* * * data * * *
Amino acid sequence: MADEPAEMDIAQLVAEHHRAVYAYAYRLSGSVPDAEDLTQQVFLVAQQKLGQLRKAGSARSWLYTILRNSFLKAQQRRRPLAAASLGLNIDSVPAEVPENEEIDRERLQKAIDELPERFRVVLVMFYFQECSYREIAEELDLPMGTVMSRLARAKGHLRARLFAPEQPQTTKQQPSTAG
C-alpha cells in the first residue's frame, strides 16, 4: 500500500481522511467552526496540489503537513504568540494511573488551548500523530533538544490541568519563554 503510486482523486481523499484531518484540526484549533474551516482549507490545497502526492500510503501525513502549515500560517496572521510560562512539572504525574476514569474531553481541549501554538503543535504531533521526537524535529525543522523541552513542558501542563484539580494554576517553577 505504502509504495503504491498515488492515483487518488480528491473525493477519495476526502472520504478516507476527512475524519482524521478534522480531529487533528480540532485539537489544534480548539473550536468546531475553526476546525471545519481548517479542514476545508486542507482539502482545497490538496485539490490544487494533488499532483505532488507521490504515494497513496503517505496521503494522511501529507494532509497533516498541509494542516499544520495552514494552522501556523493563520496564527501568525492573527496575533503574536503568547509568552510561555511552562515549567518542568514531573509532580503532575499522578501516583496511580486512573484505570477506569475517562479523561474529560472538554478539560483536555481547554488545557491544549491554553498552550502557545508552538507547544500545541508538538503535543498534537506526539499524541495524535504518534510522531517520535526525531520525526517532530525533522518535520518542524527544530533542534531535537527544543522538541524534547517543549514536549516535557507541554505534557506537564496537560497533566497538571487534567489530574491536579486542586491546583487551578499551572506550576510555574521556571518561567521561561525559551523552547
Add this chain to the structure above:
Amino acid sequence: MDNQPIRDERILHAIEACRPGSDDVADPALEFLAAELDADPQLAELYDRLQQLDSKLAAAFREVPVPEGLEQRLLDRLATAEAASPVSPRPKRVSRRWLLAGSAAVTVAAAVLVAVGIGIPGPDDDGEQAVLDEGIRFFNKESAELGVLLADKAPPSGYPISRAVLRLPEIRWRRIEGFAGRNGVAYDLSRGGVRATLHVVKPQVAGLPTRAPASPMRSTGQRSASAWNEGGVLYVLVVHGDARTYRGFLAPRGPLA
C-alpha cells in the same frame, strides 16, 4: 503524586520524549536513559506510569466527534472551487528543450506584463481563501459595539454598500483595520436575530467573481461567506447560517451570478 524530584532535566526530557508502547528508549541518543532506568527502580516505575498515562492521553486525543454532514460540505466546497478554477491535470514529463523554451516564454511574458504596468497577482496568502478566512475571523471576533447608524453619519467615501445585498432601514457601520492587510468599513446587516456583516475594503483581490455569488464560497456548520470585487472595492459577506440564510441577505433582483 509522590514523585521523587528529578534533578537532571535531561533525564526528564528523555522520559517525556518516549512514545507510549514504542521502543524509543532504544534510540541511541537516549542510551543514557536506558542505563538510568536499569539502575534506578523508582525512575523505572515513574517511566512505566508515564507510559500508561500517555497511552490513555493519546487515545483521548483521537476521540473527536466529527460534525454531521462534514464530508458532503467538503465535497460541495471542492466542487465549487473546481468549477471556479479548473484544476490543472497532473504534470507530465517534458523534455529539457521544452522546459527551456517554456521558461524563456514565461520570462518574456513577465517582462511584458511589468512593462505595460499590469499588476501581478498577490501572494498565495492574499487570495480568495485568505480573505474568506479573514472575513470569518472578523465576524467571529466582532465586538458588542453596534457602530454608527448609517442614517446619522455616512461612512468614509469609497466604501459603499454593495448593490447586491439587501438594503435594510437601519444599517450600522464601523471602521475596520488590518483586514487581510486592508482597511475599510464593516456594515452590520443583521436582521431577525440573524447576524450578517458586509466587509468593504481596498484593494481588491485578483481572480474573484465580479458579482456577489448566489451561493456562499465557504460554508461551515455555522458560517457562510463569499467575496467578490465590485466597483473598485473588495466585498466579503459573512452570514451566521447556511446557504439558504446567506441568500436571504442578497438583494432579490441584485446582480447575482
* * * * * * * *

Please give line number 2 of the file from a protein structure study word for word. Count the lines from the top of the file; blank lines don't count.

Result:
C-alpha cells in the first residue's frame, strides 16, 4: 500500500481522511467552526496540489503537513504568540494511573488551548500523530533538544490541568519563554 503510486482523486481523499484531518484540526484549533474551516482549507490545497502526492500510503501525513502549515500560517496572521510560562512539572504525574476514569474531553481541549501554538503543535504531533521526537524535529525543522523541552513542558501542563484539580494554576517553577 505504502509504495503504491498515488492515483487518488480528491473525493477519495476526502472520504478516507476527512475524519482524521478534522480531529487533528480540532485539537489544534480548539473550536468546531475553526476546525471545519481548517479542514476545508486542507482539502482545497490538496485539490490544487494533488499532483505532488507521490504515494497513496503517505496521503494522511501529507494532509497533516498541509494542516499544520495552514494552522501556523493563520496564527501568525492573527496575533503574536503568547509568552510561555511552562515549567518542568514531573509532580503532575499522578501516583496511580486512573484505570477506569475517562479523561474529560472538554478539560483536555481547554488545557491544549491554553498552550502557545508552538507547544500545541508538538503535543498534537506526539499524541495524535504518534510522531517520535526525531520525526517532530525533522518535520518542524527544530533542534531535537527544543522538541524534547517543549514536549516535557507541554505534557506537564496537560497533566497538571487534567489530574491536579486542586491546583487551578499551572506550576510555574521556571518561567521561561525559551523552547